Then we headed for the Old Port section of town. It's on the waterfront, and has lots of old buildings full of bars, restaurants, and fun shops (most of which were closed by the time we got there!). We weren't in much of a bar mood, but I was dying for some tea. Do you know how hard it is to find an open tea room at 9pm? Quite. We finally happened upon one of Breaking New Grounds' shops. We've bought their coffee at the Public Market several times, and it's just plain fantastic. Coconut Cream is our favorite. Sounds a little gross, doesn't it? But is it so good. Fortunately, they have a great selection of tea, too. I chose the "BNG House Chai." The girl warned me that it "pretty spicy -- is that OK?" Hells, yeah, that's OK! It turned out to be very good, but not much spicier than most chai I've had. I think she overfilled the tea bag a bit, so the water couldn't flow through freely enough, but that's just a theory. It smelled spectacular. I think it had potential, and I'm a tea snob, and it just wasn't prepared properly. Anyway.
Saturday morning we headed for Boston. Kev had to work that night, but I wandered Harvard Square for a while and ended up at The Wrap. I'd been wanting to try it for a couple of months. This was my chance! I chose the "Bangkok --" a flour tortilla stuffed with rice, cucumber, onion, Asian slaw, baked tofu, and spicy peanut sauce. YUM! It was so good. I can't wait to go back and try some of their other wraps! The "Peking" sounds exceptionally intriguing. Oh, and the prices are great, too. I had a very satisfying wrap and a 20 oz. drink for not quite $6.
Sunday morning, of course, meant a quick brunch at Au Bon Pain before I had to head home. I know, it's a big, evil chain store/ French boulangerie wannabe, but we still like it. Kevin practically lives on their fruit, yogurt, and granola parfaits, and I love the cranberry-blueberry muffins and fresh OJ.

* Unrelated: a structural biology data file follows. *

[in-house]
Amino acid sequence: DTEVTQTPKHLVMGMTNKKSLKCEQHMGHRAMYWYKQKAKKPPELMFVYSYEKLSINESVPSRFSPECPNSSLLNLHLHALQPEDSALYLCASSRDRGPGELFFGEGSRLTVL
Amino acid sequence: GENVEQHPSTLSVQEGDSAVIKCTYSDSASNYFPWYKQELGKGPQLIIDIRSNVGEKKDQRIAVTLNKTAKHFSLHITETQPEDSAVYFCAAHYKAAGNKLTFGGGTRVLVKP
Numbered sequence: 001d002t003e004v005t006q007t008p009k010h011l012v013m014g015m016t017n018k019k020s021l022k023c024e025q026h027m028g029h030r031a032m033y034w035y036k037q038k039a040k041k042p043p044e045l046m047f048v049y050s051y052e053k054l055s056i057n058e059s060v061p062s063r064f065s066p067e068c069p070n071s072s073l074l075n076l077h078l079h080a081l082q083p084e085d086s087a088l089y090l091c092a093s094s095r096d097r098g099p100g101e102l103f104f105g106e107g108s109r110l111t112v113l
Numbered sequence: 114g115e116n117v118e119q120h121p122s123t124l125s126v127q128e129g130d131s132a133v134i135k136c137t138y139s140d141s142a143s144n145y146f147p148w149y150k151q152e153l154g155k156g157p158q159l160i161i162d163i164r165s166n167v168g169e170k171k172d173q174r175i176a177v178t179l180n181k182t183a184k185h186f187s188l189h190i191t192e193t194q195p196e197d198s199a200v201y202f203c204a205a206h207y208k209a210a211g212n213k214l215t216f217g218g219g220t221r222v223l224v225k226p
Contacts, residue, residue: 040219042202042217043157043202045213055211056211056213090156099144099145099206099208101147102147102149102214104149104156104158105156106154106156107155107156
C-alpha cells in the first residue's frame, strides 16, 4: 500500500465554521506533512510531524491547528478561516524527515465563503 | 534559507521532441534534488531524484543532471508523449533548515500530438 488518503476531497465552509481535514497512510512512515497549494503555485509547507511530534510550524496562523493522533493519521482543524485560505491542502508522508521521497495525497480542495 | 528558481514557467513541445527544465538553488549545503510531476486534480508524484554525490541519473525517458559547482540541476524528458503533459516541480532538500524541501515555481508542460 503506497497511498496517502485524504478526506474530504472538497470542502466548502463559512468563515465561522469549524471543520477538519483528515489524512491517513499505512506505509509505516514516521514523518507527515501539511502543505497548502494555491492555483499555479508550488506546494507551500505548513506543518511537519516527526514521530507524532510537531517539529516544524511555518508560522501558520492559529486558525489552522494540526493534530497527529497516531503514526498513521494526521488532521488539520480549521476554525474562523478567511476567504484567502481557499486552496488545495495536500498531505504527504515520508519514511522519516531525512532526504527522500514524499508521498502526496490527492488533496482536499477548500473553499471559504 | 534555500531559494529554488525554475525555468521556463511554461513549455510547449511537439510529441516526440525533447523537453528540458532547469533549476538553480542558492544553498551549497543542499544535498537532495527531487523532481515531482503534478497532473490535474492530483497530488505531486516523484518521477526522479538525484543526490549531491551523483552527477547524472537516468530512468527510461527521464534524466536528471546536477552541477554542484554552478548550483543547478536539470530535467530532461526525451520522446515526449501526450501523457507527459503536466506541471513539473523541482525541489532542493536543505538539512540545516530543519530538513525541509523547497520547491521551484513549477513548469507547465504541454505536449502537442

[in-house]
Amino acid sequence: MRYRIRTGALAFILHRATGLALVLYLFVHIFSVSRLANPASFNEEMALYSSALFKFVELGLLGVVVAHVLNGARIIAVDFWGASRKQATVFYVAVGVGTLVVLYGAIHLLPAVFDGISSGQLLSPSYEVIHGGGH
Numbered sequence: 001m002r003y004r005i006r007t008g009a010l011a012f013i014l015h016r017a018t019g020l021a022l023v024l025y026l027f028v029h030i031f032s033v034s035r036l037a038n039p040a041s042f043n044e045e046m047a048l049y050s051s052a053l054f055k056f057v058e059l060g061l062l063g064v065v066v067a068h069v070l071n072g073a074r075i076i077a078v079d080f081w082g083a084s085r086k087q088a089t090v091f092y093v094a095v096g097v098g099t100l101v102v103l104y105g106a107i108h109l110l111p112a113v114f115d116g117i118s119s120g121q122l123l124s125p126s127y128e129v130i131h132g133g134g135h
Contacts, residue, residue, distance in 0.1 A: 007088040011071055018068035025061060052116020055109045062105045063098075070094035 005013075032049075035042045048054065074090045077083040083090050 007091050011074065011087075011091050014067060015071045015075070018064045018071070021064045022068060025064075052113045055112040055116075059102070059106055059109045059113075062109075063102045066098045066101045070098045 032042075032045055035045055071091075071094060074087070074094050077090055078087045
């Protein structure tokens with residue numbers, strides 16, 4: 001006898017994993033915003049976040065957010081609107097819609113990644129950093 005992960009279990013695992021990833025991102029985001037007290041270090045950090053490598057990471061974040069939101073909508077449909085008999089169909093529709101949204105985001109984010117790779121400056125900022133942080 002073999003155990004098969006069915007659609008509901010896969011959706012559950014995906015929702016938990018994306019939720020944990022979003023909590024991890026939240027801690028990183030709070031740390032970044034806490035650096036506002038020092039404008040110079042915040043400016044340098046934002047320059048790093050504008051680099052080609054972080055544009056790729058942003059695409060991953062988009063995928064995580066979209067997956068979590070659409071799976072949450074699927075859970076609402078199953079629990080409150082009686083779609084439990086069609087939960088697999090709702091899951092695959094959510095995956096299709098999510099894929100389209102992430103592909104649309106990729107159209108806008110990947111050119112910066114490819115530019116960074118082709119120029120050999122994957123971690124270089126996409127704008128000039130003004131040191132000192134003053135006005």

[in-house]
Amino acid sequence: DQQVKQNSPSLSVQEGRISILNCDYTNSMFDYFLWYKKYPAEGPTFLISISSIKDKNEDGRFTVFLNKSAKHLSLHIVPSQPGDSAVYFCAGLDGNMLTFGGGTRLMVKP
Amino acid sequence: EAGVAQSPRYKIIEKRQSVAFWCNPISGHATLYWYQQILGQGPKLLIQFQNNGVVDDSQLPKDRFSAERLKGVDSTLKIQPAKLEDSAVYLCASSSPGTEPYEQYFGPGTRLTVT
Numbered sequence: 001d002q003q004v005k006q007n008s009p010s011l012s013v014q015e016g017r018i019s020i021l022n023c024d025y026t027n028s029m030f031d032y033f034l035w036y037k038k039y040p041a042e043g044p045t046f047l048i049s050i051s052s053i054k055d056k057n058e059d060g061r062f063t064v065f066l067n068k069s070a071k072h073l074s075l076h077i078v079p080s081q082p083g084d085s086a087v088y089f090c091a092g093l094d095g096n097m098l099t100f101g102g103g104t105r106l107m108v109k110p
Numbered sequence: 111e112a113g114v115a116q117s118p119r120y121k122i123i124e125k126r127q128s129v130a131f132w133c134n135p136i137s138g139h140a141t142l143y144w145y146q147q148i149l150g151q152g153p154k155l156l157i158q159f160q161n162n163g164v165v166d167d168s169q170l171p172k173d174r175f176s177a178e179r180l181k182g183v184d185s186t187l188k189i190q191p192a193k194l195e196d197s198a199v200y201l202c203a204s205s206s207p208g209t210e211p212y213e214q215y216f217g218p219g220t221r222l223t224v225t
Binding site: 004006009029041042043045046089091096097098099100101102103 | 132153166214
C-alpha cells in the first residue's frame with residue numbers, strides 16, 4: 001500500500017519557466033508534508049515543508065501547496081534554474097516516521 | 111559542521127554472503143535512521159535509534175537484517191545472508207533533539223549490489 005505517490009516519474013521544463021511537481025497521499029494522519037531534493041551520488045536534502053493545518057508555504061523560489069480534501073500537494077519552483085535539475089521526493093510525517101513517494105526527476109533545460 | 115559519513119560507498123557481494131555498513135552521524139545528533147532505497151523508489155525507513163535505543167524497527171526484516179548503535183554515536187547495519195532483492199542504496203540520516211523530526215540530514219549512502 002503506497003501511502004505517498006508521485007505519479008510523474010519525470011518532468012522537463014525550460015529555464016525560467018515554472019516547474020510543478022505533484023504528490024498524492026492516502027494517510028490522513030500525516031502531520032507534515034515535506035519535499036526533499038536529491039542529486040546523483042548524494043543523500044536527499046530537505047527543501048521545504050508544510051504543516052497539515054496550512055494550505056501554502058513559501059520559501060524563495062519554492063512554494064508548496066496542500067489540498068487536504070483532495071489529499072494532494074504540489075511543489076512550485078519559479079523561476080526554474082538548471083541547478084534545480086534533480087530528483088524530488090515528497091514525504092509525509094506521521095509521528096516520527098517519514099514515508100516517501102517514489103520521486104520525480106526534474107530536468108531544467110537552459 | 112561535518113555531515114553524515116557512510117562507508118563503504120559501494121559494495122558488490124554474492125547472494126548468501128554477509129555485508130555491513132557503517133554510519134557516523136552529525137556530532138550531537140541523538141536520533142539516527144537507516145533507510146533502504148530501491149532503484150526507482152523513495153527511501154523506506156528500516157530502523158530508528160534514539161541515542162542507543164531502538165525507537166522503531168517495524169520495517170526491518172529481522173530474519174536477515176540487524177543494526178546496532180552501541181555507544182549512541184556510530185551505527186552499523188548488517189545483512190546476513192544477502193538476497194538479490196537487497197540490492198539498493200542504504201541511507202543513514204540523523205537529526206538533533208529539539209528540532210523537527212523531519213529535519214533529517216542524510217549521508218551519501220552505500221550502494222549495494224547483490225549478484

I apologize for the lack of pictures in this post, but I think I've mentioned before that I just can't bring myself to take pictures in restaurants. I don't want to see flash bulbs going off while I eat, and I like to extend the same courtesy to my fellow diners. But check out the links I've included, and some of the places I've mentioned if you find yourself in northern New England! It was a fun weekend with lots of fun food.
I bought the prettiest little squash the other day...
It's called a "carnival squash." I'd never heard of it before, but it was with all the other winter squash, of which I am quite fond. I couldn't resist that skin! It looked to me like it had been sponge painted. This particular squash was custom-made for one -- it's not much bigger than a grapefruit!
To me, the best way to eat sweet, orange-fleshed winter squash is to halve or slice it, brush it with a little olive oil, sprinkle it with a bit of salt and pepper, and roast it until it gets tender and caramelized. I didn't have the best of days today, so I thought a little caramelly roasted winter squash would be the perfect comfort. I sliced, oiled, salted, peppered, and roasted until I had this:
How could anyone resist that? I grabbed a fork, sat down, and scooped a bit of the flesh from its skin... and was gravely disappointed. It was nearly flavorless. It had none of that lovely soft, mealy sweetness that epitomizes winter squash. It had a taste and texture more like summer squash, of which I am not so fond. I don't know if this one was just too small, too "green," too young... but it just wasn't what I thought it should be. Maybe I'll try a bigger one another time... but for now, I'll stick to my tried-and-true favorite: buttercup squash. And the potatoes that are roasting in the oven as I write.